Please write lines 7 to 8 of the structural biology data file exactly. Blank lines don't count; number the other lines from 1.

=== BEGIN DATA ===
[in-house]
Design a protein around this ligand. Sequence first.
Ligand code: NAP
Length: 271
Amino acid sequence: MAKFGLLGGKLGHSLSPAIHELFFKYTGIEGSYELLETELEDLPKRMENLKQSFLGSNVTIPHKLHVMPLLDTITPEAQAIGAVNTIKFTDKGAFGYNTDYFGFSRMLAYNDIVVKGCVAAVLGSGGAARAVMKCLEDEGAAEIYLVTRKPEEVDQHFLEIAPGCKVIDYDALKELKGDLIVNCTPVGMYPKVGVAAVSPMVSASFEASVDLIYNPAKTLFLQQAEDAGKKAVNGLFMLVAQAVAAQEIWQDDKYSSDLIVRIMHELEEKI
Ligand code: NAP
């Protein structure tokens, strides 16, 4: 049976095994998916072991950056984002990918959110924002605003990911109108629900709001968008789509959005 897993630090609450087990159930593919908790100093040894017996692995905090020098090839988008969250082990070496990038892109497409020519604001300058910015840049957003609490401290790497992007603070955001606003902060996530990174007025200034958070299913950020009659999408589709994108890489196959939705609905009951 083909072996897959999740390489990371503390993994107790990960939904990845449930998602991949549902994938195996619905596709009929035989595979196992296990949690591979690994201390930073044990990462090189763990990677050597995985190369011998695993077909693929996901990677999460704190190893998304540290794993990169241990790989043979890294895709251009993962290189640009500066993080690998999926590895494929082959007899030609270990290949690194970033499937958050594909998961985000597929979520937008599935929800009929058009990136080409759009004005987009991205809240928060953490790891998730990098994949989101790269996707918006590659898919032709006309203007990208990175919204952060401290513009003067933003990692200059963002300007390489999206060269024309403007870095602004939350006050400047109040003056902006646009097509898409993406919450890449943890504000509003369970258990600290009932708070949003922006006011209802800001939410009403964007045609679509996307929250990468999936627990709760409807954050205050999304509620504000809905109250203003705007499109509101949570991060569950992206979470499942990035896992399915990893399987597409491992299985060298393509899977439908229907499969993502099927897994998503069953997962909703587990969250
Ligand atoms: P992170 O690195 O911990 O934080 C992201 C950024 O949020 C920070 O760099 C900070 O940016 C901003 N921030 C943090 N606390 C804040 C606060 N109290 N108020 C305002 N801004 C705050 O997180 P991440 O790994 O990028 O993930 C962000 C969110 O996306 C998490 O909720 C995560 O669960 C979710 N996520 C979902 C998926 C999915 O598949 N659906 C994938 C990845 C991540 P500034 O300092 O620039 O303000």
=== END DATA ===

């Protein structure tokens, strides 16, 4: 049976095994998916072991950056984002990918959110924002605003990911109108629900709001968008789509959005 897993630090609450087990159930593919908790100093040894017996692995905090020098090839988008969250082990070496990038892109497409020519604001300058910015840049957003609490401290790497992007603070955001606003902060996530990174007025200034958070299913950020009659999408589709994108890489196959939705609905009951 083909072996897959999740390489990371503390993994107790990960939904990845449930998602991949549902994938195996619905596709009929035989595979196992296990949690591979690994201390930073044990990462090189763990990677050597995985190369011998695993077909693929996901990677999460704190190893998304540290794993990169241990790989043979890294895709251009993962290189640009500066993080690998999926590895494929082959007899030609270990290949690194970033499937958050594909998961985000597929979520937008599935929800009929058009990136080409759009004005987009991205809240928060953490790891998730990098994949989101790269996707918006590659898919032709006309203007990208990175919204952060401290513009003067933003990692200059963002300007390489999206060269024309403007870095602004939350006050400047109040003056902006646009097509898409993406919450890449943890504000509003369970258990600290009932708070949003922006006011209802800001939410009403964007045609679509996307929250990468999936627990709760409807954050205050999304509620504000809905109250203003705007499109509101949570991060569950992206979470499942990035896992399915990893399987597409491992299985060298393509899977439908229907499969993502099927897994998503069953997962909703587990969250
Ligand atoms: P992170 O690195 O911990 O934080 C992201 C950024 O949020 C920070 O760099 C900070 O940016 C901003 N921030 C943090 N606390 C804040 C606060 N109290 N108020 C305002 N801004 C705050 O997180 P991440 O790994 O990028 O993930 C962000 C969110 O996306 C998490 O909720 C995560 O669960 C979710 N996520 C979902 C998926 C999915 O598949 N659906 C994938 C990845 C991540 P500034 O300092 O620039 O303000």